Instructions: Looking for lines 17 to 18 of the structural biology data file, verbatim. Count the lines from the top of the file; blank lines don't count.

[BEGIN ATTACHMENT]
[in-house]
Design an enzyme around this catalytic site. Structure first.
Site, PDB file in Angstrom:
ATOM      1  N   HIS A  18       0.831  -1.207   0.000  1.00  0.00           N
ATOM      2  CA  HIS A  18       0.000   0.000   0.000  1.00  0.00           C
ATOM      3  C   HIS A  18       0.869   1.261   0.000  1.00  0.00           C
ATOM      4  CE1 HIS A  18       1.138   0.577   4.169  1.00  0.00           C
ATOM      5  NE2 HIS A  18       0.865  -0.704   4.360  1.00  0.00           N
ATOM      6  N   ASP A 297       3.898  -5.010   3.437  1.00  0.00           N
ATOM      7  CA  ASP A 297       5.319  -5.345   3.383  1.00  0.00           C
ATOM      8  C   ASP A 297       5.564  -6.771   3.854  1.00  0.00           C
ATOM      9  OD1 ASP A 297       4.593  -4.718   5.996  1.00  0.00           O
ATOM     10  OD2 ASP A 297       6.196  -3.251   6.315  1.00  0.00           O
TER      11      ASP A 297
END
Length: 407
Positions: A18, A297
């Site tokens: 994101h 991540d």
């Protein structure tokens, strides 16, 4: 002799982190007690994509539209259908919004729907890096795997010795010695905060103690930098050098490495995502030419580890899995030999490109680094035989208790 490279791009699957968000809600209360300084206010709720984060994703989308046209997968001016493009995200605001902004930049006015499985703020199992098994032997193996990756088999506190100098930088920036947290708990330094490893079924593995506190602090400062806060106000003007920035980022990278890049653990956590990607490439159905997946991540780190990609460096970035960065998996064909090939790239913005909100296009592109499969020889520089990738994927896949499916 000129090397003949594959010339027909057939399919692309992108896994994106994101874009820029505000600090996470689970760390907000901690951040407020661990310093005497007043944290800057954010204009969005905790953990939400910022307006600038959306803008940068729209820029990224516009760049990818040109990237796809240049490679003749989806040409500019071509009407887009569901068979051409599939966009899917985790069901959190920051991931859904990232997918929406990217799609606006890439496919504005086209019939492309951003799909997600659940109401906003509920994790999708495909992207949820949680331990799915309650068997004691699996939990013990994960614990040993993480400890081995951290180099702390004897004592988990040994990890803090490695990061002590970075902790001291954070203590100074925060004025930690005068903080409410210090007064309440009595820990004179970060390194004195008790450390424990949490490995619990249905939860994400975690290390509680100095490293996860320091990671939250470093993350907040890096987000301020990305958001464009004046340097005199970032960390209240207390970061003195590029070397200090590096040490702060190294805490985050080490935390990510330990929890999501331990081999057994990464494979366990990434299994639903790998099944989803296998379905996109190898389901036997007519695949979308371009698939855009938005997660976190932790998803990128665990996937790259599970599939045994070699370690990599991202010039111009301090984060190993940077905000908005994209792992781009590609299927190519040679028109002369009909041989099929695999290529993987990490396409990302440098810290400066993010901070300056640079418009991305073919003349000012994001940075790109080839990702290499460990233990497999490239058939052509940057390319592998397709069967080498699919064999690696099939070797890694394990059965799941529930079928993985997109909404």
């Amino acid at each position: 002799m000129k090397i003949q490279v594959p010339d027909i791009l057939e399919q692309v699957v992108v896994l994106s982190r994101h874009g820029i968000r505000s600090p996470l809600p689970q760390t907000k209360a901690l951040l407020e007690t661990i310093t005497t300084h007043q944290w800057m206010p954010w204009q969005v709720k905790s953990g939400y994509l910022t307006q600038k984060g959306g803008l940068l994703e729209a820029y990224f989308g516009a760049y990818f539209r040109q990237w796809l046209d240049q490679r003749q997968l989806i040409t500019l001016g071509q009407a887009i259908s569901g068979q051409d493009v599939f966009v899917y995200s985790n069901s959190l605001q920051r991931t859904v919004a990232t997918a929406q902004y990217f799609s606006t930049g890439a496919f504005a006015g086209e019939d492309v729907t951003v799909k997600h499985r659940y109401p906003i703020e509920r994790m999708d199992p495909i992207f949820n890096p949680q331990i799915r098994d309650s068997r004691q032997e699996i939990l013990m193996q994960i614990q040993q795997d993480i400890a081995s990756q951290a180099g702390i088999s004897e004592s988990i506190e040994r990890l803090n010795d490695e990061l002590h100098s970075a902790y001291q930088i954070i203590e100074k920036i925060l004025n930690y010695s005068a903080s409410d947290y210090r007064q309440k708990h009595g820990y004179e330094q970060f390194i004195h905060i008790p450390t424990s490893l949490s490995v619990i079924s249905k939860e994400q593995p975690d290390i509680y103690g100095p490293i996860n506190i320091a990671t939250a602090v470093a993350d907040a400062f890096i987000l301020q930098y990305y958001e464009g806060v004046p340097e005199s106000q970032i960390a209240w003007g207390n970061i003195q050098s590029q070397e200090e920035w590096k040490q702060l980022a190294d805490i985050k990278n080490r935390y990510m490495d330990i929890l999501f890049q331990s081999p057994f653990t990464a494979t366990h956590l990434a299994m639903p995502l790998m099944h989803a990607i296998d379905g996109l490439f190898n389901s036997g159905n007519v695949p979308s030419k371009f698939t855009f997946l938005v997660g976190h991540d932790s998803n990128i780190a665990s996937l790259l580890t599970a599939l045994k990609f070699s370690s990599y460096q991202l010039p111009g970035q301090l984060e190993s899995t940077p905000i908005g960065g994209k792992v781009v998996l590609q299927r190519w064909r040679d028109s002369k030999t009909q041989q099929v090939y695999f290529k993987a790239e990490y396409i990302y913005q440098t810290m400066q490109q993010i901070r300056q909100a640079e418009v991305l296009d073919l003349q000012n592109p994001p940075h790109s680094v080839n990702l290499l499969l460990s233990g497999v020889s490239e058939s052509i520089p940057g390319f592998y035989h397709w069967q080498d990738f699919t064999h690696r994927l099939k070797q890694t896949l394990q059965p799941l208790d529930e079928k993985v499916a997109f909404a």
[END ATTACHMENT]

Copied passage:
Positions: A18, A297
């Site tokens: 994101h 991540d």